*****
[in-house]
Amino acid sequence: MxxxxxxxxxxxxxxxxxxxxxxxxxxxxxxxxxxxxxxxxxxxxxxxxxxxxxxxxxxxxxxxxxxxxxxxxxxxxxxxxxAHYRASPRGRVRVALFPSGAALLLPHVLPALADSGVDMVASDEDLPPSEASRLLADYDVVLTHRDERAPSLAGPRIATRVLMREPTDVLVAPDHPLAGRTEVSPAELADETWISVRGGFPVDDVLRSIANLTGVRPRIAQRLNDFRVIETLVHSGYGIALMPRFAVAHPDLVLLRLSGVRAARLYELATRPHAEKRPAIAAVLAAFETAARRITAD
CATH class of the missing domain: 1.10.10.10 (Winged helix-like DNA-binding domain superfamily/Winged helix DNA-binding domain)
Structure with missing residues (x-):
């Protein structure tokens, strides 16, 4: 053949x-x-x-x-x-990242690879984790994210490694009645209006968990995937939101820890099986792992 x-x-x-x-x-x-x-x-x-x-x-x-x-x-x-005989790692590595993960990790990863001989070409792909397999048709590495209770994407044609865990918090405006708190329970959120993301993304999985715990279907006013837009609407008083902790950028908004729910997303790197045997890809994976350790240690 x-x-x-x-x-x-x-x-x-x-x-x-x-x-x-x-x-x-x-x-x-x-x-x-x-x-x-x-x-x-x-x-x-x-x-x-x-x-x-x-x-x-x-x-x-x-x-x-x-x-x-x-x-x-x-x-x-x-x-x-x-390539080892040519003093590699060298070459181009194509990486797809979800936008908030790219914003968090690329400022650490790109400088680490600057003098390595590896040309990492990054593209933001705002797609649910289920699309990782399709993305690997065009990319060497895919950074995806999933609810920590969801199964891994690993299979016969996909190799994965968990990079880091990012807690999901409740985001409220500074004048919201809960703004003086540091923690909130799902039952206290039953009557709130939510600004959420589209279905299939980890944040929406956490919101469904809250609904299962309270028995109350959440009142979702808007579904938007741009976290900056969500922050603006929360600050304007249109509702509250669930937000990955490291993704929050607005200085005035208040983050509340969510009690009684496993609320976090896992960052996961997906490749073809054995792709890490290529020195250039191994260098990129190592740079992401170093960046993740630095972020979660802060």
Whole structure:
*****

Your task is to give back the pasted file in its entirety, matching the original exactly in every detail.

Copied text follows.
[in-house]
Amino acid sequence: MxxxxxxxxxxxxxxxxxxxxxxxxxxxxxxxxxxxxxxxxxxxxxxxxxxxxxxxxxxxxxxxxxxxxxxxxxxxxxxxxxAHYRASPRGRVRVALFPSGAALLLPHVLPALADSGVDMVASDEDLPPSEASRLLADYDVVLTHRDERAPSLAGPRIATRVLMREPTDVLVAPDHPLAGRTEVSPAELADETWISVRGGFPVDDVLRSIANLTGVRPRIAQRLNDFRVIETLVHSGYGIALMPRFAVAHPDLVLLRLSGVRAARLYELATRPHAEKRPAIAAVLAAFETAARRITAD
CATH class of the missing domain: 1.10.10.10 (Winged helix-like DNA-binding domain superfamily/Winged helix DNA-binding domain)
Structure with missing residues (x-):
């Protein structure tokens, strides 16, 4: 053949x-x-x-x-x-990242690879984790994210490694009645209006968990995937939101820890099986792992 x-x-x-x-x-x-x-x-x-x-x-x-x-x-x-005989790692590595993960990790990863001989070409792909397999048709590495209770994407044609865990918090405006708190329970959120993301993304999985715990279907006013837009609407008083902790950028908004729910997303790197045997890809994976350790240690 x-x-x-x-x-x-x-x-x-x-x-x-x-x-x-x-x-x-x-x-x-x-x-x-x-x-x-x-x-x-x-x-x-x-x-x-x-x-x-x-x-x-x-x-x-x-x-x-x-x-x-x-x-x-x-x-x-x-x-x-x-390539080892040519003093590699060298070459181009194509990486797809979800936008908030790219914003968090690329400022650490790109400088680490600057003098390595590896040309990492990054593209933001705002797609649910289920699309990782399709993305690997065009990319060497895919950074995806999933609810920590969801199964891994690993299979016969996909190799994965968990990079880091990012807690999901409740985001409220500074004048919201809960703004003086540091923690909130799902039952206290039953009557709130939510600004959420589209279905299939980890944040929406956490919101469904809250609904299962309270028995109350959440009142979702808007579904938007741009976290900056969500922050603006929360600050304007249109509702509250669930937000990955490291993704929050607005200085005035208040983050509340969510009690009684496993609320976090896992960052996961997906490749073809054995792709890490290529020195250039191994260098990129190592740079992401170093960046993740630095972020979660802060």
Whole structure: